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Noise in CMOS image sensor

Discussion in 'Electronic Design' started by TD, Sep 27, 2005.

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  1. TD

    TD Guest

    Hello, I would like to know how to estimate the noise on cmos image
    sensors. We have a custom cmos image sensor designed/ manufactured by a
    company and we have designed a proto board for hosting the cmos image
    sensor with A/D converter, clock, power supply etc which is interfaced
    to Analog devices FPGA/ FIFO board to read out the data to the
    computer. My question is how do I characterize / estimate noise on the
    sensor ? Thanks much...

    -TD
     
  2. TD

    TD Guest

    We reconstructed a couple of images from the sensor and we seem to see
    the effect of alternate brighter and dimmer pixels. what are the other
    noise sources ?
     
  3. Joerg

    Joerg Guest

    Hello TD,
    It's been a long time that I designed a CCD camera but what you most
    likely see is the differences between adjacent readout columns. There
    will be "gain" differences as well as offsets. That can be corrected
    either analog or after the ADC. I did it analog but this was in the
    80's, about the time the Rolling Stones came back.

    Then there is the dark current which is temperature dependent. Also IR
    sensitivity which the mfgs tried their best to muffle.

    Most important are squeaky clean row and column clocks with not a speck
    of jitter. This also means very quiet power rails. The real kicker was
    to know when to sample and then do a proper integrate&hold with tons of
    dynamic range. The only thing I found adequate for that task was a
    quad-diode switch driven via a nicely symmetrical toroid transformer.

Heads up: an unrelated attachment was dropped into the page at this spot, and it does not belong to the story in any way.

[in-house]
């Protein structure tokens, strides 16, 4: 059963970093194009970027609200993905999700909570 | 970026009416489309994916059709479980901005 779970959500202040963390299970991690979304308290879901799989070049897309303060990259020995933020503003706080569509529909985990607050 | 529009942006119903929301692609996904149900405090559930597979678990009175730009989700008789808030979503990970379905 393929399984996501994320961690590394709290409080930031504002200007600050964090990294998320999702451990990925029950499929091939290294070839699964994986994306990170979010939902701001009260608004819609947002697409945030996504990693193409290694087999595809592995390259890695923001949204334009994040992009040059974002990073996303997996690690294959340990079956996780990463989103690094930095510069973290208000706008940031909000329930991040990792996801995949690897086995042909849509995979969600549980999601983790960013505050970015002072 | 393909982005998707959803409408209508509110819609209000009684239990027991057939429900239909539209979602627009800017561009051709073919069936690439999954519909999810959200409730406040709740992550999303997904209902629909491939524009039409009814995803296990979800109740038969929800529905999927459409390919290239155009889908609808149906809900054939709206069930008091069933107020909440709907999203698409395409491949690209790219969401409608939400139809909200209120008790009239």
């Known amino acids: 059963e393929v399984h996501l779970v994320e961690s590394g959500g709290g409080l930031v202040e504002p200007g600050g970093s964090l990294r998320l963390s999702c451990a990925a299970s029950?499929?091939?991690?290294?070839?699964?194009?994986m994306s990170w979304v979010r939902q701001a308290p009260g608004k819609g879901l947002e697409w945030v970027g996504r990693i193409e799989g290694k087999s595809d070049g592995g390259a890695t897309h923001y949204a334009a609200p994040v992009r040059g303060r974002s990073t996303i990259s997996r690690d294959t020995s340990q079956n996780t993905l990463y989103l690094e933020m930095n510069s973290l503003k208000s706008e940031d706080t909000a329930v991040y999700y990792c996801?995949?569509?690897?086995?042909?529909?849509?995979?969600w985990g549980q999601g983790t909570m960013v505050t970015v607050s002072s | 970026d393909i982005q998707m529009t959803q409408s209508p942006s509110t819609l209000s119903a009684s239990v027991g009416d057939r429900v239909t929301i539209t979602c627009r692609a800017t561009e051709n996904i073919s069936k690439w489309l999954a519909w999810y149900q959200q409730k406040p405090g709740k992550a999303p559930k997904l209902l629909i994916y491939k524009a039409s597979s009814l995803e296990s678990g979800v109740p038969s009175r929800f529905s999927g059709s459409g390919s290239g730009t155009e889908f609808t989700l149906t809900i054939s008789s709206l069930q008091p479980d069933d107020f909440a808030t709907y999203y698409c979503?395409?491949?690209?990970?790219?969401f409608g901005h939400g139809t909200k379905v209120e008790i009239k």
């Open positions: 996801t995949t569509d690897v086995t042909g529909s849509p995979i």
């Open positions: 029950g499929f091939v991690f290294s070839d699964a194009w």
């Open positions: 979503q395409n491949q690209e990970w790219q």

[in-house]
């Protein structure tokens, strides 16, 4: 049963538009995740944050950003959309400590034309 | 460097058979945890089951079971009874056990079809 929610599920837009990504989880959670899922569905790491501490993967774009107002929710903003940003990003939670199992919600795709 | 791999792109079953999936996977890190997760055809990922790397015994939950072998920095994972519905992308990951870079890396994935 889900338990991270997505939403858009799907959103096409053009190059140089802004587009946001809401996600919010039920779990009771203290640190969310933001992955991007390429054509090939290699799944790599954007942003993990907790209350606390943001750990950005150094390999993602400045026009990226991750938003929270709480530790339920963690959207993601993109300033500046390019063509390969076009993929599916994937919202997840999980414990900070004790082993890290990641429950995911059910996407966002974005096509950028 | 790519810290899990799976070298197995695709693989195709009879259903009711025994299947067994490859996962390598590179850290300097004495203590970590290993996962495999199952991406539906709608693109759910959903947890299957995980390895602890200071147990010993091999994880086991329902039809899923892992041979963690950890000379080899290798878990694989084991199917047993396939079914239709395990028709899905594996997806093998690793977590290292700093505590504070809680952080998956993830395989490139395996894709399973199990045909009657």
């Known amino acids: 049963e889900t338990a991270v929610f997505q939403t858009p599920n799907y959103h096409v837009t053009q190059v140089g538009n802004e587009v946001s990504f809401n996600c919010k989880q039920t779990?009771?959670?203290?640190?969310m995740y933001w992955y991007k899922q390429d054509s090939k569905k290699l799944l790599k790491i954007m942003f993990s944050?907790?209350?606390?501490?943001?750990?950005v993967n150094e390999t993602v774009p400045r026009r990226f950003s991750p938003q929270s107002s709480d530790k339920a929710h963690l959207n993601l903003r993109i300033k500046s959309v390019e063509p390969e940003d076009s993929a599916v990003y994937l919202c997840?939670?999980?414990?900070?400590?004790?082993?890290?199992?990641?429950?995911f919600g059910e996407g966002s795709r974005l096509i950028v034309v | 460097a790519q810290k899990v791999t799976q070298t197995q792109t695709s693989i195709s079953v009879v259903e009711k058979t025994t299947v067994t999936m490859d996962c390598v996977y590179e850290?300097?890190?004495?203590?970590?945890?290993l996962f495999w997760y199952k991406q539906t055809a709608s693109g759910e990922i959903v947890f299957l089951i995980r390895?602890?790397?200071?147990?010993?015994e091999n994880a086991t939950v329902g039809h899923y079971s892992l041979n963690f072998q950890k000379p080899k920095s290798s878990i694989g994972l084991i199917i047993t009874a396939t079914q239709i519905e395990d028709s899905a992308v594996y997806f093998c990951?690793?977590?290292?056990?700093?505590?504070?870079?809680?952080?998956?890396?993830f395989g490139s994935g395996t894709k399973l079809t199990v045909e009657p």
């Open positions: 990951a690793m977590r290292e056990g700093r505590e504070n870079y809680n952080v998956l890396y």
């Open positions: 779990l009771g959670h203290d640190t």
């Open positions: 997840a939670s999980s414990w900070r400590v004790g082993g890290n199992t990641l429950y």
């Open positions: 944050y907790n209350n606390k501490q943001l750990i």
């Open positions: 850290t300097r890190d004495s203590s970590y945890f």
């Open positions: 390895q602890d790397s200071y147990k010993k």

Which of course you couldn't buy back then. This got me about 15dB or so
    more dynamic range out of one of the "stone-age" sensors than the data
    sheet said.

    Regards, Joerg
     
  4. KoKlust

    KoKlust Guest

    computer. My question is how do I characterize / estimate noise on the
    I did designs with a CMOS image sensor.

    The pure 'pixel noise' can be calculated as the RMS value of a number of
    readings of the same pixel in a certain readout-mode, under certain lighting
    conditions.

    Be careful to skip the first image(s) after powerup or initialization, use a
    repeatable control sequence, start in the (complete) dark, and get rid of
    'dead' pixels before you do the calculation.

    Noise is usually specified either as a number of electrons. Sometimes
    manufacturers only specify the SNR in dB.

    I agree completely with Joerg about the cleanliness of the control signals.
    Also, optimal signal scaling (using a VGA, and automatically adapting the
    shutter speed) can be used to optimize the SNR.

    So that is all about 'temporal noise'. Because of variations between pixels,